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Messages - Cupocoffee

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Gear Talk / LWB or SWB for touring
« on: August 12, 2007, 01:45:58 am »
Carl, I ride a LWB Rans Stratus XL and rode the TransAm west to east this year. I am 60 years old and a lot of riders thought I was crazy because my bike and gear totaled 120 pounds. I pulled a Burley trailer (mistake) ... get a Bob. The bike is extremely comfortable but it is hell in the mountains. I put on a fourth chainring which has 18 teeth. I would never have made it up the mountains on the standard chain rings. The bike and trailer were very long and could be difficult to get into motel rooms. It fits fine in the back of my S-10 Chevrolet pickup but if you want to ship it somewhere it is a major pain. I never had a problem with numb feet save for a few days. When I would have a problem, I would just get off my bike for a few minutes and walk around. Same for recum"butt."  That was a bit more common if I rode for several hours without a break. If I were to do another cross country, I don't know if I would do it on a recumbent or not. The guys on their DF's were complaining more than I was. The thing is ... there are a lot more mountains and hills than there are flat spots.  I just took the mountains slowly but surely. I did a lot of grumbling but never doubted I would be able to do it. I have a journal at if you care to check it out.

Gear Talk / Should I buy a bent?
« on: August 12, 2007, 01:58:10 am »
I can't add much to the comments that have already been made except for this ... if you are anti-social .. do not get a recumbent. People will come out of the woodwork to ask you what that thing is. I rode the TransAm from west to east this year and there wasn't a single day that someone didn't stop to talk to me. I actually had three people ask me where the motor was. I told them the motor is sixty years old. I love my Rans Stratus XL. My bike and trailer were 120 pounds and other cyclists thought I was crazy but I took all my toys and once I rode for a few hundred miles I never noticed all the weight. Oh yeah, they will work you out on the mountains but you just have to take it nice and slow. I put a fourth chainring on mine with 18 teeth and I could climb a wall if I had to. They are incredible fun just because you aren't hurting all over and you have a great view. Check out my web site at .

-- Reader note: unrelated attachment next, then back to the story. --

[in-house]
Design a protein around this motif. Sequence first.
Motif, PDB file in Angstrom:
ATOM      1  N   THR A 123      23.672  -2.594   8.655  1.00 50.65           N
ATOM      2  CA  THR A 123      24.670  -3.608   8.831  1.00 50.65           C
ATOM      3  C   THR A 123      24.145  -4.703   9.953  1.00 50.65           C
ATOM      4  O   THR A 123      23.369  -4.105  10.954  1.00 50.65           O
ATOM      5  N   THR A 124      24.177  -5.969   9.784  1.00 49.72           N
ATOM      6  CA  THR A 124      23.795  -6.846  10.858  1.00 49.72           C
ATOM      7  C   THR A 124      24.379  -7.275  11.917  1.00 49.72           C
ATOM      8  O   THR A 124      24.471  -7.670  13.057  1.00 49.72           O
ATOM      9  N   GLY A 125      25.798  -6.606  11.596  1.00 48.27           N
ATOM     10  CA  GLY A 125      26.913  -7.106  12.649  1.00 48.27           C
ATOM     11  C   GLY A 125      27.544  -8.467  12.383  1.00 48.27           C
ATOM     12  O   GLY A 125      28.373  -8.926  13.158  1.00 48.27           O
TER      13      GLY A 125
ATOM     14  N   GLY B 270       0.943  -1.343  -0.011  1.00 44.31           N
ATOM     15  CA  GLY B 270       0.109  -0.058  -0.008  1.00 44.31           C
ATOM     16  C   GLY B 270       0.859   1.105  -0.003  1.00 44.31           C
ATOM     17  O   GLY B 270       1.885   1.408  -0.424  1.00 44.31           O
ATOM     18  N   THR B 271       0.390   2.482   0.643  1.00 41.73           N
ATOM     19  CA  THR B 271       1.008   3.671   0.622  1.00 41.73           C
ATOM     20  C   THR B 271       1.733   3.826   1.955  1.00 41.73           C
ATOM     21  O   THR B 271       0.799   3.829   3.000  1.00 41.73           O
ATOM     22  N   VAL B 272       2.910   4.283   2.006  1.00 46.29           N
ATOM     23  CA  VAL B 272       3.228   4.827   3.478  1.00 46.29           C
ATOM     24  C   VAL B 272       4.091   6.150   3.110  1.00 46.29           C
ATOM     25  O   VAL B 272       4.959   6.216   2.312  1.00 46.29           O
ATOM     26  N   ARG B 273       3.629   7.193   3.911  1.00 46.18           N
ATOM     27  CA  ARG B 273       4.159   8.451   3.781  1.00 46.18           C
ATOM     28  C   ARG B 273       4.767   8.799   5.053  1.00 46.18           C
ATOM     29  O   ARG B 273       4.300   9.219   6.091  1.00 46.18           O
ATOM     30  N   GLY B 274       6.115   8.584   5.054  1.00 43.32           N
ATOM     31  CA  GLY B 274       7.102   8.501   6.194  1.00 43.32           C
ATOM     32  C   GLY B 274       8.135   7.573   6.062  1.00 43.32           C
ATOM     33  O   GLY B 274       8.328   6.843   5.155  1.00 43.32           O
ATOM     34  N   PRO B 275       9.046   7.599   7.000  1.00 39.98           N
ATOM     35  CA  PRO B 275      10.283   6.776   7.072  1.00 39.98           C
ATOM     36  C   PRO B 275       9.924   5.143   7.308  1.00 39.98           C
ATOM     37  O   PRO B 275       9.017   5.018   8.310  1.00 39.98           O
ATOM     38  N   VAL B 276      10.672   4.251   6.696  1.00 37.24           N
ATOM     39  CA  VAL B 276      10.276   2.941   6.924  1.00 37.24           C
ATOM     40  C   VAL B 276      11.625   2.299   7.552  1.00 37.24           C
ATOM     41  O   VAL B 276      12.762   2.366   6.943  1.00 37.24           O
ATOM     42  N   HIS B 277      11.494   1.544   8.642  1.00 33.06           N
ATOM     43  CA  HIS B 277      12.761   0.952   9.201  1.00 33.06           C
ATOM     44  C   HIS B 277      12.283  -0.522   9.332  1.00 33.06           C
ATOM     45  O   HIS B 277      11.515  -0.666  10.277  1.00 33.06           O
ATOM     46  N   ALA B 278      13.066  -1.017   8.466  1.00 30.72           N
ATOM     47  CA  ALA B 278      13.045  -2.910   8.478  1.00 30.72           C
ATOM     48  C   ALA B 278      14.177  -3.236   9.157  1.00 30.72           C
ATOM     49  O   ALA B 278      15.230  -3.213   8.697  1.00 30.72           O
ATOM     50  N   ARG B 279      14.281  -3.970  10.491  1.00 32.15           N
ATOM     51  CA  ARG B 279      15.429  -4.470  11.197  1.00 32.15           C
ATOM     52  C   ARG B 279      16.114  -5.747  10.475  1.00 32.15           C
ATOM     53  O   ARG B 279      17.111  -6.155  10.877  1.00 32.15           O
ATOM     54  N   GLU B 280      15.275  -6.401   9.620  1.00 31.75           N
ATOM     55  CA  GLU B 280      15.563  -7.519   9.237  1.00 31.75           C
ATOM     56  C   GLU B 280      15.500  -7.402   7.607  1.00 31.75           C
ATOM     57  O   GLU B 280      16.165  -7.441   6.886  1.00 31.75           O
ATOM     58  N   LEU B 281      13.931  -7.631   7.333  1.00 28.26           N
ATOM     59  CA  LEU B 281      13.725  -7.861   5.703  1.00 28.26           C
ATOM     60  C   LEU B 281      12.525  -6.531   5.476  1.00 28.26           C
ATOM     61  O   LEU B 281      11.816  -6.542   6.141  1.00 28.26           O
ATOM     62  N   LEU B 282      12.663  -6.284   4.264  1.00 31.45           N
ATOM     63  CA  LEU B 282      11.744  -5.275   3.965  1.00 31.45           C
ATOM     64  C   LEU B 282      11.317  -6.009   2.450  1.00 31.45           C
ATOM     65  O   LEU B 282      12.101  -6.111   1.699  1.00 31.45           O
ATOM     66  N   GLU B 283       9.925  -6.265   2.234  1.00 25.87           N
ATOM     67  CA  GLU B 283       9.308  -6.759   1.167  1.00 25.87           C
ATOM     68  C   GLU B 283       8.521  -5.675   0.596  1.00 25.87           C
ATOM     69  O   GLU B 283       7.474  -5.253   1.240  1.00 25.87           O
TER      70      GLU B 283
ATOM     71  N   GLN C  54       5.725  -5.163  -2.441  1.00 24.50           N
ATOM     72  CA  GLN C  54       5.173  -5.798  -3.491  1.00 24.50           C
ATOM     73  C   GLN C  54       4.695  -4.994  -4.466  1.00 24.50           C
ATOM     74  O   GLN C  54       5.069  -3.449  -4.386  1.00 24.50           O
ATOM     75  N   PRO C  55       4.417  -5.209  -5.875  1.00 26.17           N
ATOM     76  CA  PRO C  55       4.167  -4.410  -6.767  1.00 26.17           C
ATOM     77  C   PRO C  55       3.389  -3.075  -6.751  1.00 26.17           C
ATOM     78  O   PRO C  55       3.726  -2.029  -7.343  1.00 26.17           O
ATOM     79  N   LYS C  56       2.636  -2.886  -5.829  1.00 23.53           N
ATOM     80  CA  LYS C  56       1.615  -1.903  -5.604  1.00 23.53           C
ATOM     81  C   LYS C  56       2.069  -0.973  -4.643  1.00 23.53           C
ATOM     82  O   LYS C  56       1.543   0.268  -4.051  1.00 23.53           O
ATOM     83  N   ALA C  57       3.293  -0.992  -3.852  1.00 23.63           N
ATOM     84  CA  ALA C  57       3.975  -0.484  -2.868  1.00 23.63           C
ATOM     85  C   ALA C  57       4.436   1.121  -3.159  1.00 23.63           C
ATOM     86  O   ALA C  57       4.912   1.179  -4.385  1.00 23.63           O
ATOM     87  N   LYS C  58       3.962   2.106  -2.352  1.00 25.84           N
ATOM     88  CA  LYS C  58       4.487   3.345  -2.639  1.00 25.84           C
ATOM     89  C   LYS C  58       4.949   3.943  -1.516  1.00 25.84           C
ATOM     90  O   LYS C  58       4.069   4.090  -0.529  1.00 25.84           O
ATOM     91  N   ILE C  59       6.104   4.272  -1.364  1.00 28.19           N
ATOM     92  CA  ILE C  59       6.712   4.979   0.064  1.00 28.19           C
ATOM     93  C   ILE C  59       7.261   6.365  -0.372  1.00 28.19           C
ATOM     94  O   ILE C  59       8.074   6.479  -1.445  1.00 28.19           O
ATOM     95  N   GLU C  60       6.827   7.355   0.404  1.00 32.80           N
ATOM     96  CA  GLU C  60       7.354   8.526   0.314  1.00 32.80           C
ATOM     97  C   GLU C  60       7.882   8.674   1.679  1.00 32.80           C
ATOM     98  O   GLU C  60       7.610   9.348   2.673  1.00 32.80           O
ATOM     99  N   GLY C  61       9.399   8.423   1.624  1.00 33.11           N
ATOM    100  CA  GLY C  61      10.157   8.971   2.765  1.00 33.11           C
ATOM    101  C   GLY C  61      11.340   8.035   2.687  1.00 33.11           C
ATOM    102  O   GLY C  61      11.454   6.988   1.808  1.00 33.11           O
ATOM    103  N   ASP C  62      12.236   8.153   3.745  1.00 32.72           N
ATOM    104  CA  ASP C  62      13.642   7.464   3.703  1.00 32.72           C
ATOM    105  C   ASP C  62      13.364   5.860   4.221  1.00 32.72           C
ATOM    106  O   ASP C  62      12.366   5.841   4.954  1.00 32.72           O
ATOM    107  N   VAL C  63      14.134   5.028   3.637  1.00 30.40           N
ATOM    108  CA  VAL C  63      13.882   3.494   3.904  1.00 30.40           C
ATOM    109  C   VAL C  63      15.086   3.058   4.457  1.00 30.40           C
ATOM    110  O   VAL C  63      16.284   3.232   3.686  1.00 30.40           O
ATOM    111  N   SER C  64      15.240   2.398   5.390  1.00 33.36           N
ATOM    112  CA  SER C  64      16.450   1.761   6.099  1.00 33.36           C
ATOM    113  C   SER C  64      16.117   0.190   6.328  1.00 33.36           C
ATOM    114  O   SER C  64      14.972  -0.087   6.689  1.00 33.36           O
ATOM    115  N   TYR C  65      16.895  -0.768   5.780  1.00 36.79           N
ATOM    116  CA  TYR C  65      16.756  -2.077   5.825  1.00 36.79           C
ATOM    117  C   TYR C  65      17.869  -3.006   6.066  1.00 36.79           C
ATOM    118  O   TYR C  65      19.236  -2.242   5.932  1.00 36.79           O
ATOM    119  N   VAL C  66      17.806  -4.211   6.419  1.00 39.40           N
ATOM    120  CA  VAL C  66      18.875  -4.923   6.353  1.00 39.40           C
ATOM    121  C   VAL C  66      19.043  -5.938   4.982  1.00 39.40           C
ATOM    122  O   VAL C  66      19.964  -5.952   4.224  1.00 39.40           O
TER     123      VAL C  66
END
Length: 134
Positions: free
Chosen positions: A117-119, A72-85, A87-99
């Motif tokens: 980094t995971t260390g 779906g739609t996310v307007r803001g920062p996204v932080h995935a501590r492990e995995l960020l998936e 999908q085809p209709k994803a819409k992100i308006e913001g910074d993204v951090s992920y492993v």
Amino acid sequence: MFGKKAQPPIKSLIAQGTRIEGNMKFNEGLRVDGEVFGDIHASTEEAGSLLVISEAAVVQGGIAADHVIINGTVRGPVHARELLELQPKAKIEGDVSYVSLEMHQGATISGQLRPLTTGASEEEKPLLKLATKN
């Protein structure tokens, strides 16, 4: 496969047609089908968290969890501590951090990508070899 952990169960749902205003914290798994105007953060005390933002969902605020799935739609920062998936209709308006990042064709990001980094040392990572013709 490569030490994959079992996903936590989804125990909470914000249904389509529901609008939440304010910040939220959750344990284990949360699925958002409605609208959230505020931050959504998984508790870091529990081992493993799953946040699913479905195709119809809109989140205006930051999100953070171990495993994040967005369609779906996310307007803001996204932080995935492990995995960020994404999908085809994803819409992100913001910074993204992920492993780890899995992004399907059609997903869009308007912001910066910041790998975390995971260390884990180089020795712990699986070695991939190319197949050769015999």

GPS & Digital Data Discussion / importing AC waypoint files
« on: February 03, 2008, 02:18:09 am »
Hi Sue. While riding the TA last year I used a program called Easy GPS. I used a Garmin GPS with their mapsource software. You have to have a program to upload the waypoints to your GPS. Once I finally learned how to do it, it was a lifesaver. You can get the program free at . My GPS is pretty old and has little memory so I could only load a couple of states at a time. If you have a newer GPS you can probably put all the different states in at once, which would be much better. I carried my laptop on my trip so I was able to upload the different states as needed. As good as the ACA maps are, there are times when you just might get confused by the mapsand it is good to be able to turn on your GPS and see exactly where you are and where you need to go. You absolutely cannot go wrong if you have the waypoints loaded and they are a fabulous addition to the ACA maps. I rarely used my GPS out west but the more east I got, the more I used it. It is well worth your time. You will need to load the files into Easy GPS, THEN upload them to your GPS. One thing I should note ... there are a lot of places on the map sets and the waypoints which are no longer in business but probably 90% of them are. Plus, there are a lot of new places which are not on the maps or waypoints. I also only turned my GPS on as needed to save batteries. Good luck!!!

Routes / Mckenzie Pass (oregon, Transamerica route)
« on: February 07, 2008, 01:27:15 pm »